What We Believe
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From the Editor. As Paul tells us in Romans 1, abandoning the worship of the true and living God always ends up distorting our humanity as God’s image bearers who are in need of redemption. In the Western world the nature of our humanity is up for grabs. From designer babies to sex change operations, we are surrounded by the folly of seeking to redefine human nature. There is no more controversial topic in our culture than gender identity. Its practical implications physically, mentally, and spiritually are far reaching. Andy Wilson offers a thoughtful examination of a passage in the ESV that could be used to promote the notion that homosexual orientation is a legitimate category of identity.

David Noe and Joseph Tipton present the second of five parts of a new translation of “Chrysostom’s Commentary on Galatians.” Chrysostom’s sharp logic and terse challenges to opponents display a fine pastoral intention. He defends the two natures of Christ and the essential goodness of God’s creation, especially the goodness of our creaturely existence, apart from the corruption due to sin. Always a pertinent message.

Charles Wingard’s review article, “Pastors Need Pastoral Care, Too,” is a review of Brian Croft and Jim Savastio, The Pastor’s Soul. The emphasis on self-care is especially necessary in the modern situation of caring for a pastor.

Shane Lems reviews a book of essays for elders and deacons, Faithful and Fruitful. As Reformed churches have become more faithful in the training of elders and deacons, more resources have become available. This book sounds like a practical aid in several areas of ministry not covered by other similar works.

Allen Tomlinson reviews Ryan McGraw’s The Ark of Safety: Is There Salvation Outside of the Church? Amid the atmosphere of radical individualism in which we live and breathe the doctrine of the church is an essential antidote to this poison.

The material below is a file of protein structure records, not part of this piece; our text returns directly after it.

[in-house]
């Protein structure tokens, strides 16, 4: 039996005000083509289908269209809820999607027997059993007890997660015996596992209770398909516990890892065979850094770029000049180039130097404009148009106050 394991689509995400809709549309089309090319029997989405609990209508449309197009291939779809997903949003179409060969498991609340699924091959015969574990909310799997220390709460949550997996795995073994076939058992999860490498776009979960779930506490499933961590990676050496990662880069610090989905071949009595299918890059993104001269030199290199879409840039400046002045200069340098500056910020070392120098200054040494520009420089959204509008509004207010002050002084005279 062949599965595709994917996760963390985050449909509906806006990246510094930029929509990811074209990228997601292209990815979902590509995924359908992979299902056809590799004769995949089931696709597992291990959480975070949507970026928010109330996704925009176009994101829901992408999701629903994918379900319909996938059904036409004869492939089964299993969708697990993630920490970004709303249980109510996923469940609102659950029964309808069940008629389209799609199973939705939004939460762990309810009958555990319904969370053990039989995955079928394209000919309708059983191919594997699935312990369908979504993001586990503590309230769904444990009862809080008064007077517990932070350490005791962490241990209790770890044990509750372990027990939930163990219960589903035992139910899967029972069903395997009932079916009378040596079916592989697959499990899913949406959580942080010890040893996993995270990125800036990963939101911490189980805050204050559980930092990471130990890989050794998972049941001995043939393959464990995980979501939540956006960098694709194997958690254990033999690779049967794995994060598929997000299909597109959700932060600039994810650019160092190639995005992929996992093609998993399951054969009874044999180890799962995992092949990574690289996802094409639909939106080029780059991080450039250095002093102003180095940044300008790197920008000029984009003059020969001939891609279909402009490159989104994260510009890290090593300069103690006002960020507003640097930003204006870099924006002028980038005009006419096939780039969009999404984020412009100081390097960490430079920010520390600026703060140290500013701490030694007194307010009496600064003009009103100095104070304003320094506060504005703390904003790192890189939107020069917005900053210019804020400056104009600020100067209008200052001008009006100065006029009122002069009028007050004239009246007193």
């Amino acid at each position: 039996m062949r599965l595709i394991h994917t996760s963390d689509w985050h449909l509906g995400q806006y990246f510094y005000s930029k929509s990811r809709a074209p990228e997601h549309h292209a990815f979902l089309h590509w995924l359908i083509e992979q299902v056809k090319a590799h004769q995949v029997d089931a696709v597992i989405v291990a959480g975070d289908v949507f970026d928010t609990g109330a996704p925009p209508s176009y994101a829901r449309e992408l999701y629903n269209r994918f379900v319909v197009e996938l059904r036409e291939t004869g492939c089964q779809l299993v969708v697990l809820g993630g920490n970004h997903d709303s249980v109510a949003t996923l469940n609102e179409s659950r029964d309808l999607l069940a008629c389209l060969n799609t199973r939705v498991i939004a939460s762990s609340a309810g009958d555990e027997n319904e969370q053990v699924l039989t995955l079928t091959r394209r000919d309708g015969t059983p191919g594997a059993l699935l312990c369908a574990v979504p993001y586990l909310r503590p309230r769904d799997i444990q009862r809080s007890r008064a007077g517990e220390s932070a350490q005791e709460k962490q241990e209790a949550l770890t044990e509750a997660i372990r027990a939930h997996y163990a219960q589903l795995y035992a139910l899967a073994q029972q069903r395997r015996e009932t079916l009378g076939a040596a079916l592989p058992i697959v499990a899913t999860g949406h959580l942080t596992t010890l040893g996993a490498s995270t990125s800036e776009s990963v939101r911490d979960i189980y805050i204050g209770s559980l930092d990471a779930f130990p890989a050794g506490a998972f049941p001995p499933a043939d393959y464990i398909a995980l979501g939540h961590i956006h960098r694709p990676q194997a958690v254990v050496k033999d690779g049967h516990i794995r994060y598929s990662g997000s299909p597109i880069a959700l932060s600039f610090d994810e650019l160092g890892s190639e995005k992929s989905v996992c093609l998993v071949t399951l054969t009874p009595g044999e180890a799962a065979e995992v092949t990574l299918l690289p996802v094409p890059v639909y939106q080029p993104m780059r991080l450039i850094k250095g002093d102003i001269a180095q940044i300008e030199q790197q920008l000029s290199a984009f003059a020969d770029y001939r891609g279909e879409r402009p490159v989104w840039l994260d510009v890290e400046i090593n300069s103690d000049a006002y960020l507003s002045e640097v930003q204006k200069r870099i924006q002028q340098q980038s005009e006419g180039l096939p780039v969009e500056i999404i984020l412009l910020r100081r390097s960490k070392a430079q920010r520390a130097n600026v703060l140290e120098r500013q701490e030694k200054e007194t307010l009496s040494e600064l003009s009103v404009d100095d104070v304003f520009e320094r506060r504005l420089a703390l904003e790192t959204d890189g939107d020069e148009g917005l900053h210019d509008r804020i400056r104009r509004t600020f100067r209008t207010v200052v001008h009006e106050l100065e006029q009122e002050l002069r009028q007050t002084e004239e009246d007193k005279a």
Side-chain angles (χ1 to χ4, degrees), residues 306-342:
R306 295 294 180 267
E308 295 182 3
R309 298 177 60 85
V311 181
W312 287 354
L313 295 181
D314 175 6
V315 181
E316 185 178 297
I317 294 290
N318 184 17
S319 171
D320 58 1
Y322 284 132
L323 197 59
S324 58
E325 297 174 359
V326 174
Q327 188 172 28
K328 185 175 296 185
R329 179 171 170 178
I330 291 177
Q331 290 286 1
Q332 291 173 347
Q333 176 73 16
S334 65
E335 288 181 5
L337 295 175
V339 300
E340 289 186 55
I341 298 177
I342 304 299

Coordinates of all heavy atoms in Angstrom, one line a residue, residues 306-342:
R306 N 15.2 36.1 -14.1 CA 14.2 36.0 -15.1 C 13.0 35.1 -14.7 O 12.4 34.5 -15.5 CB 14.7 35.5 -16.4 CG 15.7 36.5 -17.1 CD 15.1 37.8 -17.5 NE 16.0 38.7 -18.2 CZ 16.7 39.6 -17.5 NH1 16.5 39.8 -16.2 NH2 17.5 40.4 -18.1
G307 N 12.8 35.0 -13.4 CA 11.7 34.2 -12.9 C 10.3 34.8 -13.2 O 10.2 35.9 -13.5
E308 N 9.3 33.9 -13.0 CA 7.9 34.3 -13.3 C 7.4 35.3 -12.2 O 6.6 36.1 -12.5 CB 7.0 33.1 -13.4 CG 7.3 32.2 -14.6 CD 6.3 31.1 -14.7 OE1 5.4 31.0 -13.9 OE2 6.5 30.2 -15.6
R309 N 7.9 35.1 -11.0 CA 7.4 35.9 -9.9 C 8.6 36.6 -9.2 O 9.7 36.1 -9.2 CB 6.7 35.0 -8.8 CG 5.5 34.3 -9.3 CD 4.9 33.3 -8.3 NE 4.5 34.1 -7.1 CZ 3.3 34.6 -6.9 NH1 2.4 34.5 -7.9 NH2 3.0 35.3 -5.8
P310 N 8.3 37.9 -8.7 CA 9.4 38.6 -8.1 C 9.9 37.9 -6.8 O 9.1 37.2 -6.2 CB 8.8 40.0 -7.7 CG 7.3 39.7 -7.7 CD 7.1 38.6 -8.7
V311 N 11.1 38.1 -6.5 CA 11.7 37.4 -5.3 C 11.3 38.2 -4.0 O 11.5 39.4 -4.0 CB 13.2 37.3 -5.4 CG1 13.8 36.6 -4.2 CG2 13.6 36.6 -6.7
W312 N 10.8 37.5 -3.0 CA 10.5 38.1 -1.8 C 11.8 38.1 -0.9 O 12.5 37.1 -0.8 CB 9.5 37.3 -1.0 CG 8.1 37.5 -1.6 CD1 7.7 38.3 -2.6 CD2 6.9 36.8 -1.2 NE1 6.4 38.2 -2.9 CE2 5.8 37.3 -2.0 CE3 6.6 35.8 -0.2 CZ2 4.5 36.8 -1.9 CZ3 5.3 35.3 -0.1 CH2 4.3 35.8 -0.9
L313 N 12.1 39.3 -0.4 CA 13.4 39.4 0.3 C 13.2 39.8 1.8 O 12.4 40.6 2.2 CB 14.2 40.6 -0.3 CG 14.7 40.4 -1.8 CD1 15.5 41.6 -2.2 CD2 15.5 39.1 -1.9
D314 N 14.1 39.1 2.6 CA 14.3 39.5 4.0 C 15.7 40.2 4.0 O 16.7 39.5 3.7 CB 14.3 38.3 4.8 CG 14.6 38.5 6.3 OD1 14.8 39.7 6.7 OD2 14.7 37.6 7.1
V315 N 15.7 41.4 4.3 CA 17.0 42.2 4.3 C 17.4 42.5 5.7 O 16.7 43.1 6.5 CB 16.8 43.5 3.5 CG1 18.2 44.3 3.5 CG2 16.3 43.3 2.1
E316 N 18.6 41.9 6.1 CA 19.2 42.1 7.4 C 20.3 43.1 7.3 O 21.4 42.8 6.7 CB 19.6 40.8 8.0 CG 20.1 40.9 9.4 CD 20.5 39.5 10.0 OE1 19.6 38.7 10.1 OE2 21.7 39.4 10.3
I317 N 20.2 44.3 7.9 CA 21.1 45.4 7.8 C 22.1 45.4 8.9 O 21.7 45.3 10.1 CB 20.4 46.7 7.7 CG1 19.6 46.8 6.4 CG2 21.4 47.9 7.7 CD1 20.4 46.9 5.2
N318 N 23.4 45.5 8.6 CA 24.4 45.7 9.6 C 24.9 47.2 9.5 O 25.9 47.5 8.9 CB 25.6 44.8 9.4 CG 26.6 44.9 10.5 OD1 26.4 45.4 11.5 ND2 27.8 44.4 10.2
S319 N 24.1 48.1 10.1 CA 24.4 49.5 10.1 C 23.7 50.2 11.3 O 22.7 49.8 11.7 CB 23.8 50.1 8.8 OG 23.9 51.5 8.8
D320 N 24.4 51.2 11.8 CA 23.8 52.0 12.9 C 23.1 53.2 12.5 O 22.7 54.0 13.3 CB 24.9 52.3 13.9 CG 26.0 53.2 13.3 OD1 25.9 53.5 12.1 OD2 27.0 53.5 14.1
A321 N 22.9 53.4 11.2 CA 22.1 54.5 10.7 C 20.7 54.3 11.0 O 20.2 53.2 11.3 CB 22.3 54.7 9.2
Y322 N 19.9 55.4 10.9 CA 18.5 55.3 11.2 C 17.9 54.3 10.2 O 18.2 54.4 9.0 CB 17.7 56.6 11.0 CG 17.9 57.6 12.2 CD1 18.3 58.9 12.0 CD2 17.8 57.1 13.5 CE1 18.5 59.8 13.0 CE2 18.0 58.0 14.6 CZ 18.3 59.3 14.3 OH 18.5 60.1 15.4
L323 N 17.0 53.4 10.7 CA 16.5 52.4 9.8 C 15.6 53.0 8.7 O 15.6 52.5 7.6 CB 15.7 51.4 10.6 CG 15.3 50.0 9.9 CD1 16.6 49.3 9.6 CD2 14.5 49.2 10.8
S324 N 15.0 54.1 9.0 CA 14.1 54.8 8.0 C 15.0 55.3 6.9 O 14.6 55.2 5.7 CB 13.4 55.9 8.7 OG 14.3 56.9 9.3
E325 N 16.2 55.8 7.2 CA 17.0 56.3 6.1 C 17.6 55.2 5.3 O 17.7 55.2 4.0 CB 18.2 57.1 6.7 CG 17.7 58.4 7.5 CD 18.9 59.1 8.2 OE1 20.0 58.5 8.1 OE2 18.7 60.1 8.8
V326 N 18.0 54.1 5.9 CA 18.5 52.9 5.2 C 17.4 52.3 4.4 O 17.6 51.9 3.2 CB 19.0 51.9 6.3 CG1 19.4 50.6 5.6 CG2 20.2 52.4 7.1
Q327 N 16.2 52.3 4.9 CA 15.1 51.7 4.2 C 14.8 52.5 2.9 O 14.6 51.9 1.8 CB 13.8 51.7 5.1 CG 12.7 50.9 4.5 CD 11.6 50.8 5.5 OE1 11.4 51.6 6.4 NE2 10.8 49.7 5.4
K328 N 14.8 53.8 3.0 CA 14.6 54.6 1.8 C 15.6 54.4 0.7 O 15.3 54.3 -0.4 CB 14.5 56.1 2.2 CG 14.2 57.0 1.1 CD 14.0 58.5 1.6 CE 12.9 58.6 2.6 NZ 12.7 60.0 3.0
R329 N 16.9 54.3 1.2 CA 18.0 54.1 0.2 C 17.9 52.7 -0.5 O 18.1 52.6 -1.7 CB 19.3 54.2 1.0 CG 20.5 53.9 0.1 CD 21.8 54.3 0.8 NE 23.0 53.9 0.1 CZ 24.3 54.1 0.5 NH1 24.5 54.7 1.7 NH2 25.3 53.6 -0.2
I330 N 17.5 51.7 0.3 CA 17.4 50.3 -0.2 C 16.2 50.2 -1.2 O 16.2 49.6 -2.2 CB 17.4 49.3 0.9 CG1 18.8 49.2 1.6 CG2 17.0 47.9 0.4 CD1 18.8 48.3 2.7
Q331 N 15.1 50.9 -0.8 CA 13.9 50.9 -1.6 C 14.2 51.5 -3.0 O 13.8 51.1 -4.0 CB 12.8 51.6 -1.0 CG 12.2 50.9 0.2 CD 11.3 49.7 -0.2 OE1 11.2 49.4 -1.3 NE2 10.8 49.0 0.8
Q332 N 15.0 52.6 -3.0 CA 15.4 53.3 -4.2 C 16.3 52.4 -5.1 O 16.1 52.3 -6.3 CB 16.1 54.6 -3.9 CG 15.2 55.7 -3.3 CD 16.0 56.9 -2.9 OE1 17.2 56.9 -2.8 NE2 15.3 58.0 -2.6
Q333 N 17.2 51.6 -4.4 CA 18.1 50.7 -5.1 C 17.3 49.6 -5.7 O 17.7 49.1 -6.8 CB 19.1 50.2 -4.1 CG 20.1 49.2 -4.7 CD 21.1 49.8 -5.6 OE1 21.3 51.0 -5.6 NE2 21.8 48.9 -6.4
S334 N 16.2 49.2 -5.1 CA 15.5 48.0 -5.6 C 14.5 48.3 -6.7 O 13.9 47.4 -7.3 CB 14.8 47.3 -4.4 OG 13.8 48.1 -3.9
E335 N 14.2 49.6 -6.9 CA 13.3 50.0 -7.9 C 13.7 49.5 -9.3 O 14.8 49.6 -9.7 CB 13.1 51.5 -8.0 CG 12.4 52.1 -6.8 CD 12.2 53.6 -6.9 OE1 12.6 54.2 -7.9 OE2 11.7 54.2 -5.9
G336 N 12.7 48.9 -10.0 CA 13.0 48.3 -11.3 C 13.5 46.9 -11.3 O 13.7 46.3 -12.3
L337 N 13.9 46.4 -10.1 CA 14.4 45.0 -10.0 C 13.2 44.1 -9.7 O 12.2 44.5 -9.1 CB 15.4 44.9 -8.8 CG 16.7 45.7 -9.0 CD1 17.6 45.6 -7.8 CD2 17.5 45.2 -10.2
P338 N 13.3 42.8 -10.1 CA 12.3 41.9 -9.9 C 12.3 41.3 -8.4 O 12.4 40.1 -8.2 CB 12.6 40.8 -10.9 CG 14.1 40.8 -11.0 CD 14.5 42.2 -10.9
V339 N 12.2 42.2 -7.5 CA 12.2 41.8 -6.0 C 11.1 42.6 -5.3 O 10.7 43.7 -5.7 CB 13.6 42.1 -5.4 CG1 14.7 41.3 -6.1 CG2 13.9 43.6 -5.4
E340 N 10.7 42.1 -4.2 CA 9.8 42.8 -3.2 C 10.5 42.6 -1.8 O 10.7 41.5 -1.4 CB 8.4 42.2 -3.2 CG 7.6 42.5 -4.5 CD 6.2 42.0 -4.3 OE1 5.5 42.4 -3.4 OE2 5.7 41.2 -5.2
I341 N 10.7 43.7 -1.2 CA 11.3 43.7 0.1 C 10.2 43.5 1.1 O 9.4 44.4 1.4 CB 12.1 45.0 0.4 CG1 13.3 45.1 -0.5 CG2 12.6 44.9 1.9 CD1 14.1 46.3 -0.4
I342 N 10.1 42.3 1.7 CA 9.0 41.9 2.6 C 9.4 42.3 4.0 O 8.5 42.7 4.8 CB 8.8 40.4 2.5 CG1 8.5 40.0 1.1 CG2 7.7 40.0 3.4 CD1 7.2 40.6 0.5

This month we have another Milton sonnet: “Sonnet 7: How Soon Hath Time.” This poem was composed around Milton’s twenty-third birthday. As Leland Ryken notes, the first eight lines (octave) present the problem, in this case senior panic about the future and the rapid passage of time. The last six lines (sestet) resolve the problem with “an explicitly Christian consolation,”[1] which stands in sharp contrast with a famous twentieth-century poem by Dylan Thomas, “Poem in October.” It begins, “It was my thirtieth year to heaven,” and ends with the foreboding line, “though the town below lay leaved in October blood.”[2]

Blessings in the Lamb,
Gregory Edward Reynolds

FROM THE ARCHIVES “BIBLE TRANSLATION AND GENDER IDENTITY”

Subject Index Vols 1–28

Ordained Servant exists to help encourage, inform, and equip church officers for faithful, effective, and God-glorifying ministry in the visible church of the Lord Jesus Christ. Its primary audience is ministers, elders, and deacons of the Orthodox Presbyterian Church, as well as interested officers from other Presbyterian and Reformed churches. Through high-quality editorials, articles, and book reviews, we will endeavor to stimulate clear thinking and the consistent practice of historic, confessional Presbyterianism.

[1] Leland Ryken, ed., The Soul in Paraphrase: A Treasury of Classic Devotional Poems (Wheaton, IL: Crossway, 2018), 120–21.

[2] Dylan Thomas, Collected Poems: 1934–1952, Everyman’s Library, vol. 581 (London: Dent, 1966), 95–97.

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